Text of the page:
That’s where someone else uses your computer, via your web browser, to perform a series of calculations that help to generate some sort of cryptocurrency, and keeps the proceeds for themselves.
We’re guessing that the provider figured it would be OK to “borrow” approximately 10 seconds of CPU time whenever someone connected to the Wi-Fi, presumably as a way of earning a few extra pennies in return for providing free internet access:
(Just for the record, the tweeter was wrong above, inasmuch as the code was mining Monero, not Bitcoin – but the sentiment was spot-on.)
Starbucks wasn’t impressed, and “took swift action to ensure [the] internet provider resolved the issue”.
We’re guessing here, but we’re prepared to assume that this “swift action” involved a very short phone call in a rather loud voice.
But it’s not only the Wi-Fi operator or the coffee shop owner that you need to worry about.
If you join a public Wi-Fi network, and you don’t use a VPN, or stick to HTTPS websites, or both, then…
…anyone else in the coffee shop (or bus, or train, or hotel lobby, or wherever it is) at the same time can sniff out what you’re doing, and perhaps also trick you into seeing and doing something you didn’t expect.
Thanks to a “for academic purposes only” project called CoffeeMiner, rogues in your local cafe can now trick you into cryptomining, along with any other web-based cyberdodginess they might have in mind:
The project is the brainchild of a software developer from Barcelona who goes by the name Arnau Code, and if you ignore its potential for misuse (please read the disclaimer!), we think it’s a well-prepared tutorial about Man-in-the-Middle MitM) attacks.
If you’ve ever wondered why HTTPS (the padlock in your browser) really matters, and why every site really ought to use it instead of serving up content using plain old HTTP, you should look at Arnau’s article. Don’t just take it from us that HTTPS is about more than secrecy. The CoffeeMiner project is a good reminder that HTTPS is about authenticity and tamper-resistance, too – getting the right stuff from the right place.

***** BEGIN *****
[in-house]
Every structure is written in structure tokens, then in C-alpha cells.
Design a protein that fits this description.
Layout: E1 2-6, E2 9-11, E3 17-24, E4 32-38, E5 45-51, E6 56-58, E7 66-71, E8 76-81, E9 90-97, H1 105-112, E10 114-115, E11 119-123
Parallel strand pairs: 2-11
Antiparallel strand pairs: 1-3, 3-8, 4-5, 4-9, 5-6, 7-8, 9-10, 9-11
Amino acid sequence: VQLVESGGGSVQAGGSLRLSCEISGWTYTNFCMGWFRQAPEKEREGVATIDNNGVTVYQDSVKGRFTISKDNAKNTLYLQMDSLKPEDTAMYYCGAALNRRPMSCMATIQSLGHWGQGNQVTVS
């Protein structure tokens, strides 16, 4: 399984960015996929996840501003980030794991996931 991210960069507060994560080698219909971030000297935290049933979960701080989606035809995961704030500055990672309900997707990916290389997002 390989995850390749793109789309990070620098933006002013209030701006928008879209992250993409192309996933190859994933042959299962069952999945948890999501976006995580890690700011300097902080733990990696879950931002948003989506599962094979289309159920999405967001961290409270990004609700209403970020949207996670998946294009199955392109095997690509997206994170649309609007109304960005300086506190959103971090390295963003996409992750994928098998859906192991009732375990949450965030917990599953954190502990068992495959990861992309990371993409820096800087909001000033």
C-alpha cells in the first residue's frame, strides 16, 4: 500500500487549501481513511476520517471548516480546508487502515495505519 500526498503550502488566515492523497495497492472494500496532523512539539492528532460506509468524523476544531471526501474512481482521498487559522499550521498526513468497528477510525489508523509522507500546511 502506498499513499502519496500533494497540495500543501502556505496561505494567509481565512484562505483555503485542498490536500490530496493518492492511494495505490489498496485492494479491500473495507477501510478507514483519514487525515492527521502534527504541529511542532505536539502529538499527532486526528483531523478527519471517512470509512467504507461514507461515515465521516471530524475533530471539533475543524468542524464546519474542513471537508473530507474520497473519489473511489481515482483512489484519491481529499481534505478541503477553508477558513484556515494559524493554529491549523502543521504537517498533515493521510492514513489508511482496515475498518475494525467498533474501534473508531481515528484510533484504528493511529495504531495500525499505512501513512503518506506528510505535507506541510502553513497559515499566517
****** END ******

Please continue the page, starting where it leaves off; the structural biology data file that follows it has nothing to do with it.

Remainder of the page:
A MitM attack is where someone else on the network gets to see your network requests before they set off to their final destination, and can intercept the replies before they get back to you.
Instead of talking directly to the site you’re expecting, you are effectively talking through a middleman, who can alter what you ask in the first place, and change what you see in reply.
In other words, every website you visit could, in theory, end up temporarily mining cryptocurrency for someone else.
Simply explained, Coffee Miner:
- Tricks your network card into thinking that the CoffeeMiner is the access point. The open source product
dnsiffis used for this part.
- Passes on all your network traffic directly except for web requests.
- Pushes your web traffic into a man-in-the-middle proxy. The open source toolkit
mitmproxyis used here.
- Inserts one line of coin-mining HTML into your web replies.
The CoffeeMiner code doesn’t actually inject coin mining code directly; instead it injects a line like this:
The IP number and port (in this example, 192.0.2.42:8000) is a web server running on the CoffeeMiner computer itself – in fact, it’s part of the CoffeeMiner toolkit – that serves up the actual cryptomining code of your choice. (Arnaud Code chose a widepspread miner known as CoinHive.)
What to do?
This isn’t really a lesson about cryptomining, though that certainly adds to the intrigue.
The problem here is that on an untrusted network (and that means almost every network you’ll ever use these days, because it’s hard to vouch for every user and every device attached at any moment), a rogue user can very easily mess with any web traffic that isn’t encrypted using HTTPS.
Without HTTPS, there is no confidentiality, so anyone can see what you are doing and saying; there is no identification, so you have no idea who’s replying; and there is no integrity, because you can’t tell when someone has tampered with what you’ve just downloaded, for example by stuffing a coin mining script into every web page.
As we mentioned at the start:
- Stick to sites that use HTTPS. A web-based MitM attack will almost always trigger a warning that you are connecting via an imposter server.
- Urge sites that don’t yet use HTTPS to start doing so. It’s a little bit more work, but worth the effort.
- Use a VPN if your work provides one. This encrypts all your network traffic back to head office, not just your web browsing.
By the way, if you want to run a VPN at home, and you have a spare computer handy, why not try the Sophos XG Firewall Home Edition? You get a free licence for everything the product can do, including anti-virus, web filtering, email security, IPS, plus a fully-fledged VPN.